The NCAA considered trying to salvage March Madness with a 16-team tournament staged over a long weekend in Atlanta, the Associated Press reports. Dan Gavitt, the NCAA's vice president of men's basketball, said the idea would have seen the committee picking the participants and staging games Thursday-Saturday with the championship game taking place on Monday night.
Far from ideal. Far from perfect,” Gavitt said. “Imperfect as it may be, that was one of the only reasonable options we thought we could at least maintain some level of our tournaments.” Gavitt said there was some hope early Thursday that a full tournament could still be played. As that faded, the idea of holding a smaller event got “mixed interest” from committee. “There was a real concern about not being inclusive enough, with only 16 teams,” Gavitt said. “But the other thing that was in play at that point in committee members’ minds, and we saw this play out at conference tournaments, once an NBA player was infected, I think it started to really hit home for the players, from what I’ve heard from coaches by text message and anecdotally.”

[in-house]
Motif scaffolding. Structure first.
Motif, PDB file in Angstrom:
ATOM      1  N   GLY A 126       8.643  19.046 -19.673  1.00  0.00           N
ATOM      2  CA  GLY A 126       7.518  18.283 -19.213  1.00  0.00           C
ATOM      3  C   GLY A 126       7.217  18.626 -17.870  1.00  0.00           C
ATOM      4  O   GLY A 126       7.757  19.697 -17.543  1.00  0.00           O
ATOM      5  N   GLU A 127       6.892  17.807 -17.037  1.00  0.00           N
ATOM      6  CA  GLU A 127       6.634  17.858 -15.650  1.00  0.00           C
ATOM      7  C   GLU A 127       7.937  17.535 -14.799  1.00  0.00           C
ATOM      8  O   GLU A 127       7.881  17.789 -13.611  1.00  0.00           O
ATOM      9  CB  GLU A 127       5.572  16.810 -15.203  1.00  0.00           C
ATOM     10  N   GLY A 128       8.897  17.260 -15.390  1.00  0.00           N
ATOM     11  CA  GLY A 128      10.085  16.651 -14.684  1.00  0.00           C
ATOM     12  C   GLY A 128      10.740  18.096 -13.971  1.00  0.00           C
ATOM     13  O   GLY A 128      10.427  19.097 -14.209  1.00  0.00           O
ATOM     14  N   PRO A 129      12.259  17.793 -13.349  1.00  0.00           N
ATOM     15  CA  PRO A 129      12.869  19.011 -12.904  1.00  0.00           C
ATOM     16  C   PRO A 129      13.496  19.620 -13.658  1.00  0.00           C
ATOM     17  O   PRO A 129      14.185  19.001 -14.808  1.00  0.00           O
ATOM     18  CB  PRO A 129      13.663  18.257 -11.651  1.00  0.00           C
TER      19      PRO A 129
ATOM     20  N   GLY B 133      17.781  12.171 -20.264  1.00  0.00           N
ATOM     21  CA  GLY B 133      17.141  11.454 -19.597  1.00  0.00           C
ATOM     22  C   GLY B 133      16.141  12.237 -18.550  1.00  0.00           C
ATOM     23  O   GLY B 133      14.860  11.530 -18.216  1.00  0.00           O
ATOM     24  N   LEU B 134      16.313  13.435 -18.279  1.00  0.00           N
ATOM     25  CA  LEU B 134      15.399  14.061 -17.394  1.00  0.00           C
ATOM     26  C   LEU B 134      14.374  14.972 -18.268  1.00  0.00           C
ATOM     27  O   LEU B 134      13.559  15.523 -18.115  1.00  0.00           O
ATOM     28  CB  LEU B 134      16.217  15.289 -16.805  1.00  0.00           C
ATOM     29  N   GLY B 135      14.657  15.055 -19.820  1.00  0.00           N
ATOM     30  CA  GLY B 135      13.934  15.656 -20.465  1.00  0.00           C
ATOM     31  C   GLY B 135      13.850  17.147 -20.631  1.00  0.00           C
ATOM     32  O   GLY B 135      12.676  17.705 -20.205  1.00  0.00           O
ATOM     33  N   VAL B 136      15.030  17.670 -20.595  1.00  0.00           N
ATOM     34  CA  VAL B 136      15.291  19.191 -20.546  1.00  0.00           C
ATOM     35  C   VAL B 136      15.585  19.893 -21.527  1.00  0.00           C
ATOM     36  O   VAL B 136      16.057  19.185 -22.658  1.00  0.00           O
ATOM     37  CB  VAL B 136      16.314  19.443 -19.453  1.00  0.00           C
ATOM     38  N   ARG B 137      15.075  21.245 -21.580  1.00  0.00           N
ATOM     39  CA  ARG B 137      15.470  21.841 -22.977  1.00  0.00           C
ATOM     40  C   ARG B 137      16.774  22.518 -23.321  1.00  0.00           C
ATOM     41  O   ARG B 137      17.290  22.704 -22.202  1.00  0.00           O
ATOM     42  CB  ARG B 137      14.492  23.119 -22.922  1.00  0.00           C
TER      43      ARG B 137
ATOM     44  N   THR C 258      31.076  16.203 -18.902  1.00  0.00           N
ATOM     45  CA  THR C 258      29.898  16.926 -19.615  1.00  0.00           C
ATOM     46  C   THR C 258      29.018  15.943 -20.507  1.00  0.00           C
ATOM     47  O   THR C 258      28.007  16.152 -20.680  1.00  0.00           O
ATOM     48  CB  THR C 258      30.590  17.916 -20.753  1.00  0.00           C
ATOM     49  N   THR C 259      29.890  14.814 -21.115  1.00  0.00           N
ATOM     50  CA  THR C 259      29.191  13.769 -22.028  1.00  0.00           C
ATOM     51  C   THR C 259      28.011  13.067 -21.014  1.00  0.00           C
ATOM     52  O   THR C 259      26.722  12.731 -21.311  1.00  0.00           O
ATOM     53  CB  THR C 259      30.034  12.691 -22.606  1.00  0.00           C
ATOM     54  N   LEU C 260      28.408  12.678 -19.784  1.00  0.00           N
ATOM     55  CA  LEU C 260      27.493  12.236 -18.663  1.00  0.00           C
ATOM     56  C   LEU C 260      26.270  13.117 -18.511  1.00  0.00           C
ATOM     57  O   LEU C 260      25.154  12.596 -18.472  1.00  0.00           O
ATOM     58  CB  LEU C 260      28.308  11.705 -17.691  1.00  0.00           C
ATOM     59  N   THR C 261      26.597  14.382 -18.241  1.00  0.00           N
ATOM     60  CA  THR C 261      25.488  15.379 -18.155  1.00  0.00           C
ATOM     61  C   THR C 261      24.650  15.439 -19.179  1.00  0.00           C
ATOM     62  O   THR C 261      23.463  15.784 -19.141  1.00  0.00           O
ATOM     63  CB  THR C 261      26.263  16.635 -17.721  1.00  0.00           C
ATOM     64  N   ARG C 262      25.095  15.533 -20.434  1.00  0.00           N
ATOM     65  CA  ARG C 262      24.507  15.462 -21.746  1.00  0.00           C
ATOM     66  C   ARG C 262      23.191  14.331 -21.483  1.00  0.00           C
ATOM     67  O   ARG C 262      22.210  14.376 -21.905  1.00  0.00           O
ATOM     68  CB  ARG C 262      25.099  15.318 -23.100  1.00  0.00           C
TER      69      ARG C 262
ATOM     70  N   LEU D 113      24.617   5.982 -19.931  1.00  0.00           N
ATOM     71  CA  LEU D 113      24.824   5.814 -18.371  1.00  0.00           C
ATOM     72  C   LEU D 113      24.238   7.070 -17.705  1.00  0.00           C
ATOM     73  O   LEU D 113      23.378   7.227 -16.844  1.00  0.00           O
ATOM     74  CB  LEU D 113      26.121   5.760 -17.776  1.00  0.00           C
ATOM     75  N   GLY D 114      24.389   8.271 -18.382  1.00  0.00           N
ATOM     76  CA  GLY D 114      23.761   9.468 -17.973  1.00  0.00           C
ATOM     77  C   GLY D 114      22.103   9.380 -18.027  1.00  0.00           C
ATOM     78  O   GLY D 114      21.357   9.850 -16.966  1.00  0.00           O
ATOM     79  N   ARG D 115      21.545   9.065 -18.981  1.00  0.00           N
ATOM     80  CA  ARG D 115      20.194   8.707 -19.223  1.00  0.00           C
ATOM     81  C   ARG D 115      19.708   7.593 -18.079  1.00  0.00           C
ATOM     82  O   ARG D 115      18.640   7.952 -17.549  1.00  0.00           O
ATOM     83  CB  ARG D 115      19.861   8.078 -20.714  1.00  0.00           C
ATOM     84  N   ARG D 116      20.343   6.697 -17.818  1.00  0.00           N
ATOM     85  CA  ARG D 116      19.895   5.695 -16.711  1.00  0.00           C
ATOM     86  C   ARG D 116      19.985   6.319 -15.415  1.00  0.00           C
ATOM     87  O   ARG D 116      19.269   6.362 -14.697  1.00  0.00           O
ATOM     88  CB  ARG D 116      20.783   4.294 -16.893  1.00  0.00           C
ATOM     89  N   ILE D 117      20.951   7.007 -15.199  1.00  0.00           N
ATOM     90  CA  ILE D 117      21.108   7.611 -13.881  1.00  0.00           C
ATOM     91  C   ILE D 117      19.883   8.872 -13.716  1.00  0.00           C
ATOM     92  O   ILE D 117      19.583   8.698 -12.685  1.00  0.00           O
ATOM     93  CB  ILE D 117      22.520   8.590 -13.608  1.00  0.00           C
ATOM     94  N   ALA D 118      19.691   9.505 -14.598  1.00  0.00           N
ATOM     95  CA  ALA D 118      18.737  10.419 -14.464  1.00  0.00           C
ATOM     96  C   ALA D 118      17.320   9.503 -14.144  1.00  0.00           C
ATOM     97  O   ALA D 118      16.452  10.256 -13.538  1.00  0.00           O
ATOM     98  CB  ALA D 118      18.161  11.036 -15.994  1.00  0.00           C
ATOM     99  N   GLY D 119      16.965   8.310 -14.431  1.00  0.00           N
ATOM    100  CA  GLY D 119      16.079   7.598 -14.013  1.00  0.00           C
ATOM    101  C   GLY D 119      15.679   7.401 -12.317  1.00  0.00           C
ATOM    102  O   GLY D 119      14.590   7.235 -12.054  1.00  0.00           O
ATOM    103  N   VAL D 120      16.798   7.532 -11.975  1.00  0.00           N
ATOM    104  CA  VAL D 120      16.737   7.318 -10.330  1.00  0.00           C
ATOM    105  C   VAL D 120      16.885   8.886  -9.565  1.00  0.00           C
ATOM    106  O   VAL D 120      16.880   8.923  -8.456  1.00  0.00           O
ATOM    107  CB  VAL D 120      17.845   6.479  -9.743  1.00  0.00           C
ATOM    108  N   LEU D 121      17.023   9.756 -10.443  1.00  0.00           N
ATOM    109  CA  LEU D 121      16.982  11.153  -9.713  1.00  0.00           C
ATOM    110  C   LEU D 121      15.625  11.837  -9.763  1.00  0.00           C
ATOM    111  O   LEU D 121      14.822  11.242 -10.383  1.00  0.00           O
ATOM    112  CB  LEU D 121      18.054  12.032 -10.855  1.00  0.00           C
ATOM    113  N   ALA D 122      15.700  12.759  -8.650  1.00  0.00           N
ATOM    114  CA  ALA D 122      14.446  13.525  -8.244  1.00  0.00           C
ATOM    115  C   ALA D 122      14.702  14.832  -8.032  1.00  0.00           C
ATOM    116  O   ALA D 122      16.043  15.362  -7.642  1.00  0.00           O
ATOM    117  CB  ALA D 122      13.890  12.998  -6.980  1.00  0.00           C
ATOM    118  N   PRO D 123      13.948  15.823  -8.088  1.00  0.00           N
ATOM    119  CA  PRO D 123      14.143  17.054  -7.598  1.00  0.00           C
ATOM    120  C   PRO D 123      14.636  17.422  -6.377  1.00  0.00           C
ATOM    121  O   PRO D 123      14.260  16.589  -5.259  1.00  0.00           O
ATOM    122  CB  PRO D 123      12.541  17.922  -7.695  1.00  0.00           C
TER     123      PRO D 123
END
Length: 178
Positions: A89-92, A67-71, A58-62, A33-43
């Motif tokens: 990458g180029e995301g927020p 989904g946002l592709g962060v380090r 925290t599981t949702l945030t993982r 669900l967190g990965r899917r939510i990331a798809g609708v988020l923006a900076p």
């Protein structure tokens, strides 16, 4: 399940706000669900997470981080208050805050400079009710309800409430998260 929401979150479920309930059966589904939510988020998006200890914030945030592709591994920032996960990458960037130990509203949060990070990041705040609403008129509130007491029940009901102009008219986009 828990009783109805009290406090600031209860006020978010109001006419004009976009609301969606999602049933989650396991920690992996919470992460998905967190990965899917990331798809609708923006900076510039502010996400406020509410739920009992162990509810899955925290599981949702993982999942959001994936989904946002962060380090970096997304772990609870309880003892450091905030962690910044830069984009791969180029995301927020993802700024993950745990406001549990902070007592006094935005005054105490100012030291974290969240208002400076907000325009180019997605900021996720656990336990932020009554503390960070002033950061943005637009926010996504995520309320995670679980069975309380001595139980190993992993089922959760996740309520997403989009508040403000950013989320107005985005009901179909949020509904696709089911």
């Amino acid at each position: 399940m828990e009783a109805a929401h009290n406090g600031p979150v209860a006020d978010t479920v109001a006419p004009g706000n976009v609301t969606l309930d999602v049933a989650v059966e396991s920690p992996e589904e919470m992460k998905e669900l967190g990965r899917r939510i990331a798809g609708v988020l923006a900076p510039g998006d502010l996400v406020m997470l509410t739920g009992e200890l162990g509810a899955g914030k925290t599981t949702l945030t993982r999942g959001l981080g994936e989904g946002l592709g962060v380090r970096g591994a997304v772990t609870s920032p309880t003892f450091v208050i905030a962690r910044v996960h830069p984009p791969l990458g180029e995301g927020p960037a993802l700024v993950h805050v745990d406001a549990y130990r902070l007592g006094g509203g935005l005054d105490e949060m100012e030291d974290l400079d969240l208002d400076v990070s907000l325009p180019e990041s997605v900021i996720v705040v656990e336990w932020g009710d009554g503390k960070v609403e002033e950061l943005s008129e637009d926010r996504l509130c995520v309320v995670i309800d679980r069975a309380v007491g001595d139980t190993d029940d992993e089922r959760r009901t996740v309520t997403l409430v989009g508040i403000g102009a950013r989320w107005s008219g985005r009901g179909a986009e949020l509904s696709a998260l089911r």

As time passed, any hope of any basketball became unrealistic. The monumental decision to cancel the tournament outright is a sobering reflection of just how serious things have become and will continue to be.
It goes without saying that a 16-team tournament is far preferable to a zero-team tournament. But the committee trying to pare down the field by more than 76 percent would have been excruciatingly tough. Even if eight or nine conferences, as Gavitt said, were represented, so much of what makes the event great would have been left on the cutting-room floor.
Cinderella would never have been given the chance to try on a slipper. Those on the bubble of the top-16 would have raised holy hell when left off. And their complaints would have a ton more credibility than those teams who barely miss out on snagging an 11-seed in the 68-team dance.
Look, there's going to be a lot of lemonade being made out of lemons coming in the near future. Complaining about a concept that never came to fruition seems a bit petty. But at the same time, this truncated version would have been just as weird as no tournament at all.
The shock and disappointment of realizing sports' greatest event would not be taking place is still fresh. Hearing there were contingency plans that never came to be doesn't really help. This and the news a full bracket for something that will never happen could be coming just make us feel worse.